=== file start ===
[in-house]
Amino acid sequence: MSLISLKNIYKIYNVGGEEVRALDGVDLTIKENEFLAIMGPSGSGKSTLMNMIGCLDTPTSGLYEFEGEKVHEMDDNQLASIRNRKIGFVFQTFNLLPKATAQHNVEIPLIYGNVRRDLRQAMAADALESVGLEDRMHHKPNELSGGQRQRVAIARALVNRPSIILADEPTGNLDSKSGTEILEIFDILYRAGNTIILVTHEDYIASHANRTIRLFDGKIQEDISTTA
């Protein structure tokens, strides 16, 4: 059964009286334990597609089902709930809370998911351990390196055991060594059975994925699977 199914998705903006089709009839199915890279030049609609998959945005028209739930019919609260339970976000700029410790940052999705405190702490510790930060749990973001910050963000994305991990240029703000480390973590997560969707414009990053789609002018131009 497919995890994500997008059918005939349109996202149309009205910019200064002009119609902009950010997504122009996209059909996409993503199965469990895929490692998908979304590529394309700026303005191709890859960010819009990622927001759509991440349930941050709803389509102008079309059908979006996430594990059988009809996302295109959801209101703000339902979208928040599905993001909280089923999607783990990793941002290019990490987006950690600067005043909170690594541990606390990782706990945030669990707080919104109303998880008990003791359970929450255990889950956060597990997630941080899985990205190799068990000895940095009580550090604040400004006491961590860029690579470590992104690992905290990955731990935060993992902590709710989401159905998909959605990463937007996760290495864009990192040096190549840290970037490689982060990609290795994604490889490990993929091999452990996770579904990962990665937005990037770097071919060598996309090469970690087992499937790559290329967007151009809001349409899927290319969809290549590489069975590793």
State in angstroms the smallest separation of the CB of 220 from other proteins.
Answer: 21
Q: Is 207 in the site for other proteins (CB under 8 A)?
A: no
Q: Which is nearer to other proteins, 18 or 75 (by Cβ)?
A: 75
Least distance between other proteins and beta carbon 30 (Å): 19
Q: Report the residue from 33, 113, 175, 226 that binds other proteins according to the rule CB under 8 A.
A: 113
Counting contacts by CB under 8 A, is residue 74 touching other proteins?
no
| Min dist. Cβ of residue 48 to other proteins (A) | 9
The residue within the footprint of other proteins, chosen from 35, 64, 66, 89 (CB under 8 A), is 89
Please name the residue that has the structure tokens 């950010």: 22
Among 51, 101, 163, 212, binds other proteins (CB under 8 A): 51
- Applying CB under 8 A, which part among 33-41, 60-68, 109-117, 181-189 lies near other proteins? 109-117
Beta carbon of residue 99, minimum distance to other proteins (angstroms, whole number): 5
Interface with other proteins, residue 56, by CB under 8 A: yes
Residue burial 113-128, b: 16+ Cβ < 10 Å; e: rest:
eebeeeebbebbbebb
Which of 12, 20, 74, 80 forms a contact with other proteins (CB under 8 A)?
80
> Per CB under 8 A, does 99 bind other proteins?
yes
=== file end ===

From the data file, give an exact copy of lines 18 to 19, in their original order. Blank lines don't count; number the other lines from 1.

Among 51, 101, 163, 212, binds other proteins (CB under 8 A): 51
- Applying CB under 8 A, which part among 33-41, 60-68, 109-117, 181-189 lies near other proteins? 109-117